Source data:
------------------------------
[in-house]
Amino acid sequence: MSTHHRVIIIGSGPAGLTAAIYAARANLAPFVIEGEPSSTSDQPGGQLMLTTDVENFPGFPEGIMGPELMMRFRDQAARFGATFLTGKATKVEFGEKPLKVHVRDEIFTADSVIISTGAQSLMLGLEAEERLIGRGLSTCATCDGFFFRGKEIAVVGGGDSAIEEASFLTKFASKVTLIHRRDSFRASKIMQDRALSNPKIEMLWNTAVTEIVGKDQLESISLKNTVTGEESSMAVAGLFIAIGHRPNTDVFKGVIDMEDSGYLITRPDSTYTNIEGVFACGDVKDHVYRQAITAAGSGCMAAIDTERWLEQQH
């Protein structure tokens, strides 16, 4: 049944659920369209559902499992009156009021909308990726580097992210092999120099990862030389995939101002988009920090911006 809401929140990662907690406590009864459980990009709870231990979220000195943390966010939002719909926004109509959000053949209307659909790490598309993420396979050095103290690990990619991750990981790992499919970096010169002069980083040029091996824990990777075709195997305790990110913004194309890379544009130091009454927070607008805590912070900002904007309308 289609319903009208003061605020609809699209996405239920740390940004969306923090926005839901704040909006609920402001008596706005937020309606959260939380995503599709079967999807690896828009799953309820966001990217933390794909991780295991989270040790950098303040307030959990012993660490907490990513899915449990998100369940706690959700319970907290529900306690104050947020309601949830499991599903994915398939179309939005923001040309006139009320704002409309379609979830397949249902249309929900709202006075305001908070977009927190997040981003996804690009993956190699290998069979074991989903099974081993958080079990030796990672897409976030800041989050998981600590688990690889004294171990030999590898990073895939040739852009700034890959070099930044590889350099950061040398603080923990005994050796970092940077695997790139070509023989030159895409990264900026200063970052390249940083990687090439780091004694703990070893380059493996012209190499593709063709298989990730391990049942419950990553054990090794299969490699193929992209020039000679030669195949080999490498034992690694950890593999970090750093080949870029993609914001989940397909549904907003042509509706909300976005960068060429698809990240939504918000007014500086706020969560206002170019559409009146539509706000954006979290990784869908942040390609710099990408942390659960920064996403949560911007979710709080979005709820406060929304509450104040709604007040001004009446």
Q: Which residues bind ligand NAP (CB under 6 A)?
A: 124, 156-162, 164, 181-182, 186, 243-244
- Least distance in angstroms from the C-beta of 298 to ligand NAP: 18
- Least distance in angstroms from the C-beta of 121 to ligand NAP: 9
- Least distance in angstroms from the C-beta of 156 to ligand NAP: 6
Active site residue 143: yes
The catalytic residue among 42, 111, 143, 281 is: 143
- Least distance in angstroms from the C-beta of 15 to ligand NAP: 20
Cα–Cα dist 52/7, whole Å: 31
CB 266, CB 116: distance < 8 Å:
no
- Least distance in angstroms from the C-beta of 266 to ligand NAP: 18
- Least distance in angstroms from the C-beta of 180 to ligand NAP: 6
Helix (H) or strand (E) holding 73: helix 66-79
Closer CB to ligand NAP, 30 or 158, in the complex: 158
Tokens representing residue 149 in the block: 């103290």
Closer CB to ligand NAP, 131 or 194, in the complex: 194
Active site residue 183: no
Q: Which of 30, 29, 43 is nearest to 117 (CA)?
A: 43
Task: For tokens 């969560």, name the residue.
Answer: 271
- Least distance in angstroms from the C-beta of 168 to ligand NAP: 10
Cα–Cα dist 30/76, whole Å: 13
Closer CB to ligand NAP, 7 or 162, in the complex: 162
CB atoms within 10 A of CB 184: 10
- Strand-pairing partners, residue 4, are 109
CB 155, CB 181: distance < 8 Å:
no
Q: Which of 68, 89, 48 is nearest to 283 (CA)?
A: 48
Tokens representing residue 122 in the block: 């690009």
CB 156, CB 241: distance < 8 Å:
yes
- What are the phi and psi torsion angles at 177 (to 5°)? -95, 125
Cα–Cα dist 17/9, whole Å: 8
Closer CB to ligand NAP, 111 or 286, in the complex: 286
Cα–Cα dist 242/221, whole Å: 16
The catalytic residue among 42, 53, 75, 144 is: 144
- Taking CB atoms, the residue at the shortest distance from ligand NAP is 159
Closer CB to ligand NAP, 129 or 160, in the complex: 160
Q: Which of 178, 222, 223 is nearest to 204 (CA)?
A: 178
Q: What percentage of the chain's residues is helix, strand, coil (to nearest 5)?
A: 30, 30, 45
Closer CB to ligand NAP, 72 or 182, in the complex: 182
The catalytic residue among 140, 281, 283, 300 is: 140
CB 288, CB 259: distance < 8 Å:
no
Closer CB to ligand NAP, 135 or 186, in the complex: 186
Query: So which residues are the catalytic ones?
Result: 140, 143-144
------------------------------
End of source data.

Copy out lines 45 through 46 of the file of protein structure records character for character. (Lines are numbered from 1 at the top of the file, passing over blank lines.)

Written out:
Q: Which of 178, 222, 223 is nearest to 204 (CA)?
A: 178